The Oscar’s 2022 Best Feature Film nominees

(Photo courtesy of euronews)

(Photo courtesy of euronews)

Sofia Ruliffson, Reporter

Every year, families across the country gather in front of their television to watch the Academy Awards, popularly known as the Oscars, which rates the best movies released over the past year. The Oscars are known as the most honorable awards in the entertainment industry, with nominations ranging from Best Actor and Best Director, to Best Makeup and Hairstyling. Another popular nomination is Best International Feature, highlighting the top foreign films released each year. The 2022 Oscars nominations for Best International Feature include “Drive My Car,” “Flee,” “Lunana: A Yak in the Classroom,” “The Hand of God” and “The Worst Person in the World.” These nominations meet the criteria for the Best International Feature films, as they dive into culturally diverse waters with plot twists, heavy emotions and jaw dropping moments that will leave you in awe.

“Drive My Car” reveals the hidden truths trapped in Yusuke Kafuku’s life. (Photo courtesy of metacritic)

Nomination #1 – Drive My Car

If you are into more dramatic, mysterious and soul-stirring movies, then the original Japanese film, “Drive My Car,” is the movie for you. Directed by Ryusuke Hamaguchi, the film takes place in Hiroshima Japan. The movie is inspired by a short story with an emotional start two years after the main character, Yusuke Kafuku (Hidetoshi Nishijima), loses his wife to an unexpected death. As the movie progresses, Kafuku receives an offer to direct a production of Uncle Vanya at a theater festival in Hiroshima. He meets Misaki Watari (Toko Miura), a young woman assigned by the festival to show him around, revealing the tensions that begin to grow amongst the cast and crew of the film, which remain absent among Kafuku and Koji Takatsuki (Masaki Okada).. Viewers watch Yusuke forcefully confront painful truths that arise from his past, and encounter the haunting mysteries his wife left behind with the help of his driver. Drive My Car is a haunting, intense and breath-taking movie traveling a path of loss, love, peace and acceptance. This film takes its time defining its characters and building its narrative, along with the calmness to appreciate its morality.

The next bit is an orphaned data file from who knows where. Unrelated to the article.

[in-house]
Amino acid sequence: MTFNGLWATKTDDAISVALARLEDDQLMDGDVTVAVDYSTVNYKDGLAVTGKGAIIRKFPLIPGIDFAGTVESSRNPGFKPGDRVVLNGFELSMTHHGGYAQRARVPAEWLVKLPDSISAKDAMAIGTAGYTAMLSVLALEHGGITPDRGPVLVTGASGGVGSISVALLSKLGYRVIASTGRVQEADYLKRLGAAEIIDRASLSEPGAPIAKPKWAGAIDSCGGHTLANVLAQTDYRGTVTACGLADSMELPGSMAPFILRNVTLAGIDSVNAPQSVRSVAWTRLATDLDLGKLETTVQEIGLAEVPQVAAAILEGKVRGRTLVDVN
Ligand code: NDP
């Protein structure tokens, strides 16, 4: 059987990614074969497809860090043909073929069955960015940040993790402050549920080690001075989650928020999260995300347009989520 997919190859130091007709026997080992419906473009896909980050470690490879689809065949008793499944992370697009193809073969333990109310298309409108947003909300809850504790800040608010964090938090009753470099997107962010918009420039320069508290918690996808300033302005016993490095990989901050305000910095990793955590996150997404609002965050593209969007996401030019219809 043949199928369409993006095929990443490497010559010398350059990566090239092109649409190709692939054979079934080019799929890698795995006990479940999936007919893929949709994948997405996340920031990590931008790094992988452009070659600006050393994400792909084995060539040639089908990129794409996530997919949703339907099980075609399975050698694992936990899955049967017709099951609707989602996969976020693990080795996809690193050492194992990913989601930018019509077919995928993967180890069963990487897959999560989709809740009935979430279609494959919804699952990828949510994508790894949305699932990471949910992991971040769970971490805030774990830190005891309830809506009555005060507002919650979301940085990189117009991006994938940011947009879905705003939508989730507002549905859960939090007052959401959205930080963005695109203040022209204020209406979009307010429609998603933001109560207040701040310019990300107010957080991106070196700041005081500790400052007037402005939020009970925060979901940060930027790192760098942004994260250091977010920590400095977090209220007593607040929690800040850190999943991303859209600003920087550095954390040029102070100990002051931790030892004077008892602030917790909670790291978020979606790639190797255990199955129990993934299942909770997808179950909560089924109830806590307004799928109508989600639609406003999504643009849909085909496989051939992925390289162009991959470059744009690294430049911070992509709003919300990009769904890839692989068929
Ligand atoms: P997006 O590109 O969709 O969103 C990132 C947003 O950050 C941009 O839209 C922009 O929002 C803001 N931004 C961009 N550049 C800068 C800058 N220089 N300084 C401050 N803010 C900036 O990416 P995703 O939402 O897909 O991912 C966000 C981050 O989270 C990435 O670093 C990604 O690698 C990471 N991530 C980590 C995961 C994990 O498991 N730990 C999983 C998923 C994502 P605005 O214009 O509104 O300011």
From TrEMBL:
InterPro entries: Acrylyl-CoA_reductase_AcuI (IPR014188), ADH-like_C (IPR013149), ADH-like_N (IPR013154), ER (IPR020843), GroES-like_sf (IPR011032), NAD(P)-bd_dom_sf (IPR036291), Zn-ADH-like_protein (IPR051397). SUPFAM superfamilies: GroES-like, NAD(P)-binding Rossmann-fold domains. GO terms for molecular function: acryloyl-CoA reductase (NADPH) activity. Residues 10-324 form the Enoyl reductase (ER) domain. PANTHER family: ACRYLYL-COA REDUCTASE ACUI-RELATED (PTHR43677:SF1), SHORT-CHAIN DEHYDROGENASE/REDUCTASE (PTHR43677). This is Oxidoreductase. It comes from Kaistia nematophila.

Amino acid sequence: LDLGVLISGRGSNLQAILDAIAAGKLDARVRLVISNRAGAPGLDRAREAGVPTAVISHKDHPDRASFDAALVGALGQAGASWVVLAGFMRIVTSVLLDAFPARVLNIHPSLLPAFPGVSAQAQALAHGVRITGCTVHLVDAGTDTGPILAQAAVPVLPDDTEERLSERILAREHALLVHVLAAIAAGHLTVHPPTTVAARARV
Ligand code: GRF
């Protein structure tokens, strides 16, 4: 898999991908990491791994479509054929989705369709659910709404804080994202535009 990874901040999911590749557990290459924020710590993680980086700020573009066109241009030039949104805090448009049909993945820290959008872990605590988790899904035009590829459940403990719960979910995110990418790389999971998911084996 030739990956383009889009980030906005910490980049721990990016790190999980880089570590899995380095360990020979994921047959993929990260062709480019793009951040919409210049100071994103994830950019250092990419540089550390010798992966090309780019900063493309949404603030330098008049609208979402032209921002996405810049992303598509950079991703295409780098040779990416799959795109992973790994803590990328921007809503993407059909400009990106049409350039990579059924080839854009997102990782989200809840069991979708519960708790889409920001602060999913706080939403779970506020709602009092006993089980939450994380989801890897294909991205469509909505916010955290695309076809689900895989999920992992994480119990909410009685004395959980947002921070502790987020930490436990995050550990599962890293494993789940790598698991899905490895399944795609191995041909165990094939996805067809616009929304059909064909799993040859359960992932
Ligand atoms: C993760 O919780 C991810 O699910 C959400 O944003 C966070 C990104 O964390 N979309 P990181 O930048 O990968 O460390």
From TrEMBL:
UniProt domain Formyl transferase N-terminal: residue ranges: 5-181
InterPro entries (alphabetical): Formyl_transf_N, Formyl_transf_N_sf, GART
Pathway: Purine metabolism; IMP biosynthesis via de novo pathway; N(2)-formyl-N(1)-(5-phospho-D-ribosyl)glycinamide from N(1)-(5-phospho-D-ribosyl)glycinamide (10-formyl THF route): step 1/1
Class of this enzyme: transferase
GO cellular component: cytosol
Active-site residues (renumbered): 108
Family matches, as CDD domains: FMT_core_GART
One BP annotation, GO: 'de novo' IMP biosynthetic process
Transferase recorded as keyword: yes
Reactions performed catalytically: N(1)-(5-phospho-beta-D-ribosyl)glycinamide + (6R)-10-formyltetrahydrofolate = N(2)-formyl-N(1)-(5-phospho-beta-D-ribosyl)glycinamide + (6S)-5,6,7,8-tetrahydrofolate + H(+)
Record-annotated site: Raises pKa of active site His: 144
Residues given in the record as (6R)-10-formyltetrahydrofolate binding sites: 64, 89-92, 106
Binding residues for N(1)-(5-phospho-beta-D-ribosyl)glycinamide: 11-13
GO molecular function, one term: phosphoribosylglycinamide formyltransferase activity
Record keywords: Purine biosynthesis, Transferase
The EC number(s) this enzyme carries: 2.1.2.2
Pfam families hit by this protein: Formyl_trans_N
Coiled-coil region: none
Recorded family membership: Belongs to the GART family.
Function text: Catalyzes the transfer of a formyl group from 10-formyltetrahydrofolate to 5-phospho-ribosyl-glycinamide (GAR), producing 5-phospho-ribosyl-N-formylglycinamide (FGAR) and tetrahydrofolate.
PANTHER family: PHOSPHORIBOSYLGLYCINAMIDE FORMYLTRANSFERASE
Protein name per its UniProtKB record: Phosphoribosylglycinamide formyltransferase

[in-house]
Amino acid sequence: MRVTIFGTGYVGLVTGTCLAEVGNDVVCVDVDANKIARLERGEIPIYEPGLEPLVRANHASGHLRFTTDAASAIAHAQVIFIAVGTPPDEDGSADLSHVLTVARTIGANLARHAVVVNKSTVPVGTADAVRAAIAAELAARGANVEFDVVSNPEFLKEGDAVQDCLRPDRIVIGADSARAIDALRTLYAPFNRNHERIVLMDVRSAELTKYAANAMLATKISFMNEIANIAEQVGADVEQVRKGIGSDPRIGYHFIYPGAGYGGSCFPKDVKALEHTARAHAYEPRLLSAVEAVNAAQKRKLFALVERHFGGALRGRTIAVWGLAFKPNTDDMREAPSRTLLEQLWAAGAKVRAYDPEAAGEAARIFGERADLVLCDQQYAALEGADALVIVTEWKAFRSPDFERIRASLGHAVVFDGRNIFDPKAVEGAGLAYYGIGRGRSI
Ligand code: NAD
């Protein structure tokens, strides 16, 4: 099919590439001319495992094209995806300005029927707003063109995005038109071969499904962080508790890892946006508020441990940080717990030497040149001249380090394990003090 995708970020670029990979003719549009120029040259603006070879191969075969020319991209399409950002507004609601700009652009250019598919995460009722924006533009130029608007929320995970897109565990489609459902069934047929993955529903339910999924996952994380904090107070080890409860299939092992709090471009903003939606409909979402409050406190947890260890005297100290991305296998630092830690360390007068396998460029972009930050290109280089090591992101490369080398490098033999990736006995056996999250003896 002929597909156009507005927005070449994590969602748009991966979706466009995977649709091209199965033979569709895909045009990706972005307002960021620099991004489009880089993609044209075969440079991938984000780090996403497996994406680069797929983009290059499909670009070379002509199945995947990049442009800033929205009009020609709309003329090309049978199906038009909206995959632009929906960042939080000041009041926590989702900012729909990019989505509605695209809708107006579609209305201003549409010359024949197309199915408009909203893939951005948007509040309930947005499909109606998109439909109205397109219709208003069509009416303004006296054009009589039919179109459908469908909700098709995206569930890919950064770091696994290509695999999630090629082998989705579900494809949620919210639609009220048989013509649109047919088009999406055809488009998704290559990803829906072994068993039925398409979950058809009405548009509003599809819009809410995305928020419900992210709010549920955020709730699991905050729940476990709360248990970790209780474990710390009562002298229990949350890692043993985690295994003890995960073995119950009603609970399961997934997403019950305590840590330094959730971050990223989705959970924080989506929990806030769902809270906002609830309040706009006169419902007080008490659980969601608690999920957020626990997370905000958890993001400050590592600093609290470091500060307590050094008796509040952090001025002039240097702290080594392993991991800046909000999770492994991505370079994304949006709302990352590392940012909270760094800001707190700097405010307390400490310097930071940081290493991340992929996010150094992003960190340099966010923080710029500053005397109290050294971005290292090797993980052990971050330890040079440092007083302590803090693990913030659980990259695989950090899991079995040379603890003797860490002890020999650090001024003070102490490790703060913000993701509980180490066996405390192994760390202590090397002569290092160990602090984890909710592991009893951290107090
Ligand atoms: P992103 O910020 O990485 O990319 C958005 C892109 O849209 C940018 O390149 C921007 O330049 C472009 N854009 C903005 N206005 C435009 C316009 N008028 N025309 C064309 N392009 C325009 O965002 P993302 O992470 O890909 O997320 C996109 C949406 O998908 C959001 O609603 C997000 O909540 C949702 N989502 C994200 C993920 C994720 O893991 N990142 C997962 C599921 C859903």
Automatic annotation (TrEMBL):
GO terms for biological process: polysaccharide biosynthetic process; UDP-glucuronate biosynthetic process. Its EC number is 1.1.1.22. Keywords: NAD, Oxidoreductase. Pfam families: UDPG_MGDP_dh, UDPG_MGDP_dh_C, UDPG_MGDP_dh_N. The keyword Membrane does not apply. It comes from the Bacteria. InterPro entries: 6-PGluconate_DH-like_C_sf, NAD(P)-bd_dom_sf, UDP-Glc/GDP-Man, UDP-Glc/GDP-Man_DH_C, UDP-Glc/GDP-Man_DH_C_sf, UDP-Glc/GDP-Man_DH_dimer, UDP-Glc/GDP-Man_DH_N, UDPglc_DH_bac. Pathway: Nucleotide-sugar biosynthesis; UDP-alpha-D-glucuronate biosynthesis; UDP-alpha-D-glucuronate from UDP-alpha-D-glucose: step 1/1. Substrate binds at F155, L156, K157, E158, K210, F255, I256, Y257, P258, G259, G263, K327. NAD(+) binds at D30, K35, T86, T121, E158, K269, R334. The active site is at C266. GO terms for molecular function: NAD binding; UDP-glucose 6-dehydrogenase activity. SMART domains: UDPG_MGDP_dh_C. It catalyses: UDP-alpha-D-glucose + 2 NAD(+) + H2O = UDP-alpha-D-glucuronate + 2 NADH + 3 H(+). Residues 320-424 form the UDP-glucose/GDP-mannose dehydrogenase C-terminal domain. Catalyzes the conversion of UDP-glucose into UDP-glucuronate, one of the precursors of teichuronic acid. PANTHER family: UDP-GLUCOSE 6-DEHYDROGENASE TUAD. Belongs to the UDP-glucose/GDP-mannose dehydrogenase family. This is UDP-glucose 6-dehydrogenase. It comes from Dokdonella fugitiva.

Nomination #2 – Flee

“Flee” into the new world of animation to travel through the life of an Afghanistan refugee. (Photo courtesy of IMDb)

Portraying the refugee experience through an evocative Danish animation, “Flee” goes beyond the boundaries of documentary filmmaking to create a touching memoir of self-discovery. The animation director, Jonas Poher Rasmussen, depicts his remarkable journey as a child refugee from Afghanistan. Viewers receive the nail-biting opportunity to follow the story of the main character, Amin Nawabi, as he encounters a painful secret he has kept hidden for 20 years. The movie forces watchers to lean towards the edge of their seats as they discover that the life he has built for himself and his soon-to-be husband, will quickly be sabotaged by the mysterious threats that arise throughout the film. Unlike your typical live-action movie, this animated film has won three prestigious awards from New York City’s Gotham Awards, The Sundance Film Festival and the New York Film Critics Circle. “Flee” is not your usual family-friendly animated movie that the Oscars tend to favor, and is definitely a film that stands out in the best international feature film category.  


Nomination #3 – Lunana: A Yak in the Classroom